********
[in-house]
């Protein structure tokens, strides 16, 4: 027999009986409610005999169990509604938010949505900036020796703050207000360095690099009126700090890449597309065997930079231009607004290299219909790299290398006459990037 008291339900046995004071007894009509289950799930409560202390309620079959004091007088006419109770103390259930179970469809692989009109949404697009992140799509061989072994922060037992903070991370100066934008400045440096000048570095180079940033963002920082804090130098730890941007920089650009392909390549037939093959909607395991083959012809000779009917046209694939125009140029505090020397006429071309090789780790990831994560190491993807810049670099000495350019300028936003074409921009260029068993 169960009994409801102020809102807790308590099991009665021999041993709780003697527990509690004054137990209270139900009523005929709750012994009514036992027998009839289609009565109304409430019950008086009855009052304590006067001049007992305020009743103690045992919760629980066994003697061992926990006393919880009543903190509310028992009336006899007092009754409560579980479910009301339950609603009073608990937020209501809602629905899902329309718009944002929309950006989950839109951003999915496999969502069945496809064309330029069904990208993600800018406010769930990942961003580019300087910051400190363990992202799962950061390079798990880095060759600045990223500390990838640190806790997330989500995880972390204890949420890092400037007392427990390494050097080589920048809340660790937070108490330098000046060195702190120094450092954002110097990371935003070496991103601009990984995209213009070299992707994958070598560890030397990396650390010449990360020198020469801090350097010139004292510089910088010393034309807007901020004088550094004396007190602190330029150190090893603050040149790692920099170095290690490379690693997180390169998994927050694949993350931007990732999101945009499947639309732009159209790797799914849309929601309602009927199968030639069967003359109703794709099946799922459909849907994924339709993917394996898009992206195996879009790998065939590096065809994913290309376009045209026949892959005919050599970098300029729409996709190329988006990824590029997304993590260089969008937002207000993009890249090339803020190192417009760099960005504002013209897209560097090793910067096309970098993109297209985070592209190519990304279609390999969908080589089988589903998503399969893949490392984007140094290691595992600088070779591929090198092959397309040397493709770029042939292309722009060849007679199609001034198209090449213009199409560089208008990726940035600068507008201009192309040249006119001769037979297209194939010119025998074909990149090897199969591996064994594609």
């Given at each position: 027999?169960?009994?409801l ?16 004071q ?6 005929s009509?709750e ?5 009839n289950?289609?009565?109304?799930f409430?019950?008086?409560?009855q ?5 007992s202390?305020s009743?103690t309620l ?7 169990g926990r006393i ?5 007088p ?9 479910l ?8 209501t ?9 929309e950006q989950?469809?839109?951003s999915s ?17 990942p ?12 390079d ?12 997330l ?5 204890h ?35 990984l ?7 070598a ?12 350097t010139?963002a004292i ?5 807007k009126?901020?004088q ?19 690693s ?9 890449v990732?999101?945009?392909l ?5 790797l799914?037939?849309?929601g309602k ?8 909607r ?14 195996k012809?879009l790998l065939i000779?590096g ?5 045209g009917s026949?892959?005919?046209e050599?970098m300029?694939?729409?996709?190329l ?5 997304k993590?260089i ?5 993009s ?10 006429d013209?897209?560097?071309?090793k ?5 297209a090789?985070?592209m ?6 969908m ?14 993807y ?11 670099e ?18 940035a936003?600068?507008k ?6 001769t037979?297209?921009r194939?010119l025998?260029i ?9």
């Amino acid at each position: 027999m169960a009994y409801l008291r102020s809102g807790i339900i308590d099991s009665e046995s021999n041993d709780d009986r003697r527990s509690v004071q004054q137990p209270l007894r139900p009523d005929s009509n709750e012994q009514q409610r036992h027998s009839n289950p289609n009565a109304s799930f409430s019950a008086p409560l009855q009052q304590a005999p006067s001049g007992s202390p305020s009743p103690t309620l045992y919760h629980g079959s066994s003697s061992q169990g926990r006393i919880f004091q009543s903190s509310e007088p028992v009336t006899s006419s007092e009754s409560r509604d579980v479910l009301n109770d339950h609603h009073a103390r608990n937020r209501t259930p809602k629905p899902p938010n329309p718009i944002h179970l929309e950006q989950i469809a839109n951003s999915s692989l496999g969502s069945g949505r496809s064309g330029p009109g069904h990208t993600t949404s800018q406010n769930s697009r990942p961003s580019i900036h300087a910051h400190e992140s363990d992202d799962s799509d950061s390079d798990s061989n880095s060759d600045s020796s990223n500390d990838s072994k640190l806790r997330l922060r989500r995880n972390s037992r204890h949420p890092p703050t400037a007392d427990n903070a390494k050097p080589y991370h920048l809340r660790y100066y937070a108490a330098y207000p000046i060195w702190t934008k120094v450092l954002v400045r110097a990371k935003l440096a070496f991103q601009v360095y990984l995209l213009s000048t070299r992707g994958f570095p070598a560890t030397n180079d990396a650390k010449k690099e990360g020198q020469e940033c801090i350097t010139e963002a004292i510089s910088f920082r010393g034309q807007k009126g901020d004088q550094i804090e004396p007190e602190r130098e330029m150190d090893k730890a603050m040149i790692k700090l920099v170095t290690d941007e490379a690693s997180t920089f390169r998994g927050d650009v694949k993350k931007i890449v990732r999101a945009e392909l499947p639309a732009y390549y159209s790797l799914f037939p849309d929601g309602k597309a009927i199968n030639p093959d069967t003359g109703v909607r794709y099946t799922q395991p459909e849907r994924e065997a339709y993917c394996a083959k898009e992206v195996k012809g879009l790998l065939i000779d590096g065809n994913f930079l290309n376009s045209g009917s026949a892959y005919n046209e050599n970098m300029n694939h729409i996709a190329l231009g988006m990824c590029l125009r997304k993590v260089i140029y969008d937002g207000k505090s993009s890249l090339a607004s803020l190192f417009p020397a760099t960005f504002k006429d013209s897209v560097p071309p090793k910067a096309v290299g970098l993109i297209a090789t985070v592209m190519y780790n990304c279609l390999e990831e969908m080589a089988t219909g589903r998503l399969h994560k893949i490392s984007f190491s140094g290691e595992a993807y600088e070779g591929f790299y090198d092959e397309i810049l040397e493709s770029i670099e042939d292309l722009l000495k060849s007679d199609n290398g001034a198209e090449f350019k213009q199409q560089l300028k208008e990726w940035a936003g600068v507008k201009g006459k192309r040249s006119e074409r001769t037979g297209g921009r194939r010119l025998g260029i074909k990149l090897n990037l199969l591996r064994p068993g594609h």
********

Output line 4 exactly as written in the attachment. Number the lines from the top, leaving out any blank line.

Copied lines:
């Amino acid at each position: 027999m169960a009994y409801l008291r102020s809102g807790i339900i308590d099991s009665e046995s021999n041993d709780d009986r003697r527990s509690v004071q004054q137990p209270l007894r139900p009523d005929s009509n709750e012994q009514q409610r036992h027998s009839n289950p289609n009565a109304s799930f409430s019950a008086p409560l009855q009052q304590a005999p006067s001049g007992s202390p305020s009743p103690t309620l045992y919760h629980g079959s066994s003697s061992q169990g926990r006393i919880f004091q009543s903190s509310e007088p028992v009336t006899s006419s007092e009754s409560r509604d579980v479910l009301n109770d339950h609603h009073a103390r608990n937020r209501t259930p809602k629905p899902p938010n329309p718009i944002h179970l929309e950006q989950i469809a839109n951003s999915s692989l496999g969502s069945g949505r496809s064309g330029p009109g069904h990208t993600t949404s800018q406010n769930s697009r990942p961003s580019i900036h300087a910051h400190e992140s363990d992202d799962s799509d950061s390079d798990s061989n880095s060759d600045s020796s990223n500390d990838s072994k640190l806790r997330l922060r989500r995880n972390s037992r204890h949420p890092p703050t400037a007392d427990n903070a390494k050097p080589y991370h920048l809340r660790y100066y937070a108490a330098y207000p000046i060195w702190t934008k120094v450092l954002v400045r110097a990371k935003l440096a070496f991103q601009v360095y990984l995209l213009s000048t070299r992707g994958f570095p070598a560890t030397n180079d990396a650390k010449k690099e990360g020198q020469e940033c801090i350097t010139e963002a004292i510089s910088f920082r010393g034309q807007k009126g901020d004088q550094i804090e004396p007190e602190r130098e330029m150190d090893k730890a603050m040149i790692k700090l920099v170095t290690d941007e490379a690693s997180t920089f390169r998994g927050d650009v694949k993350k931007i890449v990732r999101a945009e392909l499947p639309a732009y390549y159209s790797l799914f037939p849309d929601g309602k597309a009927i199968n030639p093959d069967t003359g109703v909607r794709y099946t799922q395991p459909e849907r994924e065997a339709y993917c394996a083959k898009e992206v195996k012809g879009l790998l065939i000779d590096g065809n994913f930079l290309n376009s045209g009917s026949a892959y005919n046209e050599n970098m300029n694939h729409i996709a190329l231009g988006m990824c590029l125009r997304k993590v260089i140029y969008d937002g207000k505090s993009s890249l090339a607004s803020l190192f417009p020397a760099t960005f504002k006429d013209s897209v560097p071309p090793k910067a096309v290299g970098l993109i297209a090789t985070v592209m190519y780790n990304c279609l390999e990831e969908m080589a089988t219909g589903r998503l399969h994560k893949i490392s984007f190491s140094g290691e595992a993807y600088e070779g591929f790299y090198d092959e397309i810049l040397e493709s770029i670099e042939d292309l722009l000495k060849s007679d199609n290398g001034a198209e090449f350019k213009q199409q560089l300028k208008e990726w940035a936003g600068v507008k201009g006459k192309r040249s006119e074409r001769t037979g297209g921009r194939r010119l025998g260029i074909k990149l090897n990037l199969l591996r064994p068993g594609h």